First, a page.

Highways Agency Issues Tour de France Travel Advice
4:41pm 27th June 2014
As excitement builds for the Grand Depart in Yorkshire, the Highways Agency is reminding road users that a number of its roads will be affected by tour traffic. Thousands of visitors and locals will head to watch the world famous Tour de France Grand Depart on 5 and 6 July.
Highways Agency Emergency Planning Manager, Guy Huckle, said:
“The key to making the most of this wonderful weekend is to plan ahead. Choose in advance where you want to watch the race from and plan your journey. Check our traffic and travel information channels, set off early and allow plenty of time to get to your chosen spot. The large number of visitors to the region means journeys will take longer than usual over the weekend.”
The Agency will be bolstering its service to customers in a variety of ways, including putting on additional Traffic Officer patrols, enhancing the free recovery services in place on the M1 Smart Motorways schemes and will have additional contractor resources on standby to deal with incidents.
There are no planned closures on the Highways Agency network for the first day of the tour (Saturday 5 July) but plans are in place to manage traffic at key locations on the network:
- A66 / A1(M) / M1 – hard signing, variable message signs and directional signs in place to inform drivers
- A1(M) junction 45, 47 and 48 – traffic management will be in place all day on Saturday to manage any delays at these junctions as drivers head towards Harrogate
On the second day of the tour (Sunday 6 July) there will be a number of closures in place:
- A1(M) junction 47 - exit slip roads will be closed from 3am on Sunday morning until the afternoon (re-opening time dependent on race progress and traffic conditions)
- M62 junction 24 - exit slip roads closed from 5.30am on Sunday morning until late afternoon (re-opening time dependent on race progress and traffic conditions)
- A628 – will be closed between 00.01am on Sunday morning until 9pm on Sunday evening. There will be a full closure between Tintwistle (Old Road junction with the A628) and Stocksbridge (Manchester Road junction with A616). There will also be additional eastbound restrictions in place between Motram (A57 junction with the A6108) and Tintwistle (Old Road junction with A628). Between these locations there will only be access eastbound to authorised vehicles and residents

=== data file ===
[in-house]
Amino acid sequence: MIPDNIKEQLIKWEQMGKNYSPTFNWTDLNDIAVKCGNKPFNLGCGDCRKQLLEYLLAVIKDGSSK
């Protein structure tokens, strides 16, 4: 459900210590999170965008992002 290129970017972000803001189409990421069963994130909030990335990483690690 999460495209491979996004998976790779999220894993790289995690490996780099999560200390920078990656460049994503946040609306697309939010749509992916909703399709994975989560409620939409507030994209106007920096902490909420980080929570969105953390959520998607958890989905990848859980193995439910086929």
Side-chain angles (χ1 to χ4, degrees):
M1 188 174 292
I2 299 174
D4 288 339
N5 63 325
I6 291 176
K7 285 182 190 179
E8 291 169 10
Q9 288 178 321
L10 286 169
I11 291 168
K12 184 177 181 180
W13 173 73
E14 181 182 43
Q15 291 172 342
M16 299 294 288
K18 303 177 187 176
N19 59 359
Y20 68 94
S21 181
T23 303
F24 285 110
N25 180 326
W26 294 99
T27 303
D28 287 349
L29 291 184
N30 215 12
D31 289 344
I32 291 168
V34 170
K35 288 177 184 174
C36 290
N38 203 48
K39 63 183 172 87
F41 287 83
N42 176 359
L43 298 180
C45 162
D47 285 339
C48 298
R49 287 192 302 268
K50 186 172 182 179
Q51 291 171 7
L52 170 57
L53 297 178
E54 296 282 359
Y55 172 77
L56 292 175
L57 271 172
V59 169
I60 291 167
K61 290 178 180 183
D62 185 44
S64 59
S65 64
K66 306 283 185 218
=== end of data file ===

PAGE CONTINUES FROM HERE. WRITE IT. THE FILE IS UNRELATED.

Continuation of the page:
- A1(M) junction 47 – traffic management will be in place all day Saturday to manage any delays for drivers heading to Harrogate
- M1/ M62 /M6 – hard signing, variable message signs and directional signs in place to inform drivers
In addition, along the A628 and A616 there will be no waiting or parking from Old Road, Tintwistle, to Manchester Road, Stocksbridge, from 00:01am on Monday 30 June to 11:59pm Sunday 6 July. During this time there will be no parking along the road or verges and any driver who leaves their vehicle will be liable to have it removed. The lay-bys along these roads will remain open until the evening of Friday 4 June. Any vehicles in the lay-bys after this point will have to remain there for the weekend until the roads re-open after the race.
The Highways Agency provides live traffic information via its website www.highways.gov.uk/traffic, iPhone app, local radio travel bulletins and electronic road signs. Travel information is also available by phone from the Highways Agency Information Line on 0300 123 5000 and updates will be provided via Twitter @HAtraffic_yorks More information on local road closures can be found on your local council website or at http://letour.yorkshire.com/travel
In 2012, the Roads Minister asked the Highways Agency to investigate cycle provision hotspots on the Agency’s road network. Working closely with Sustrans, the charity which
works to encourage sustainable transport, and using information from The Times ‘Cities Fit for Cycling’ campaign, the Agency identified 100 potential locations. Feasibility studies were carried out on the 20 highest priority sites and, following liaison with the Cyclist’s Touring Club and British Cycling, a list of 13 schemes across the country was drawn up to be delivered this year.
The Agency has also developed a new approach to developing cycling schemes which sees cycling improvements assessed separately from schemes for motorised vehicles. By separating out the cycling schemes the Agency guarantees that the highest priority locations will be considered for the construction of future cycling schemes.
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